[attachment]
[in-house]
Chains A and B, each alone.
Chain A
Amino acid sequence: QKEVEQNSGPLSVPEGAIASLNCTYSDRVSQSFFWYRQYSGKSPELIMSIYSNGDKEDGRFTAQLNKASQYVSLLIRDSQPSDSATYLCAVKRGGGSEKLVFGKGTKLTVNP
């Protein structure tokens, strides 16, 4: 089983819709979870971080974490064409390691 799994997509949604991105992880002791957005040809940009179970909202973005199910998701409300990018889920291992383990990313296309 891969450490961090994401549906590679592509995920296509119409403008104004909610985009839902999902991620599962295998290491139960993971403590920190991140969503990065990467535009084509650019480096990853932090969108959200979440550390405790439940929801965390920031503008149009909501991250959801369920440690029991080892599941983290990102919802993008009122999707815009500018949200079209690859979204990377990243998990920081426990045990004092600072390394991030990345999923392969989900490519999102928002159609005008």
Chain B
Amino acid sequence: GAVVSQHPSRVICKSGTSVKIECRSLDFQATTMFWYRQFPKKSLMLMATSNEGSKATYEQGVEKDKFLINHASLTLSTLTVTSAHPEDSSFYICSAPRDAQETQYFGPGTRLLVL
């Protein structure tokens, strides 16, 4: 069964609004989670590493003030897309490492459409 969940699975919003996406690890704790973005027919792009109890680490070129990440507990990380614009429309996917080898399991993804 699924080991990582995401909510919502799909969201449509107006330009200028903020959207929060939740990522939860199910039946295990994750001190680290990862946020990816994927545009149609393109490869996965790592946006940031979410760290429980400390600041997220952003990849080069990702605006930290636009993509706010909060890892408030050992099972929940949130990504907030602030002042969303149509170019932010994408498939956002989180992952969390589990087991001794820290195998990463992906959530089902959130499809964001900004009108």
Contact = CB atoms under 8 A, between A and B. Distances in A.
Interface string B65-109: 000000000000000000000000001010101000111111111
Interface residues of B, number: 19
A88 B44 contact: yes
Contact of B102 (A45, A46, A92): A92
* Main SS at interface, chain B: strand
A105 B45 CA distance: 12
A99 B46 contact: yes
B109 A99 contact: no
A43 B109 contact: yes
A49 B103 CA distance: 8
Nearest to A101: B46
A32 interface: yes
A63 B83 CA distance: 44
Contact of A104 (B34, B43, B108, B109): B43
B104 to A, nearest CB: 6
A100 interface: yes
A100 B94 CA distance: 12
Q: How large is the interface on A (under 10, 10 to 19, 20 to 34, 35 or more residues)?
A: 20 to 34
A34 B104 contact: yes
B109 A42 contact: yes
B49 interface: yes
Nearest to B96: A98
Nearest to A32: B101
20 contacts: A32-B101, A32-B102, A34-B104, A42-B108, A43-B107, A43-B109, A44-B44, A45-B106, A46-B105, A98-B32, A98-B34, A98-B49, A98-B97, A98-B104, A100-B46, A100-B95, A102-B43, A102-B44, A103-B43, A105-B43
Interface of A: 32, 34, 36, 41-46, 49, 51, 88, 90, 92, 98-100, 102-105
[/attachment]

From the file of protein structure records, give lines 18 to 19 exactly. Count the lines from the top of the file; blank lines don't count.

A43 B109 contact: yes
A49 B103 CA distance: 8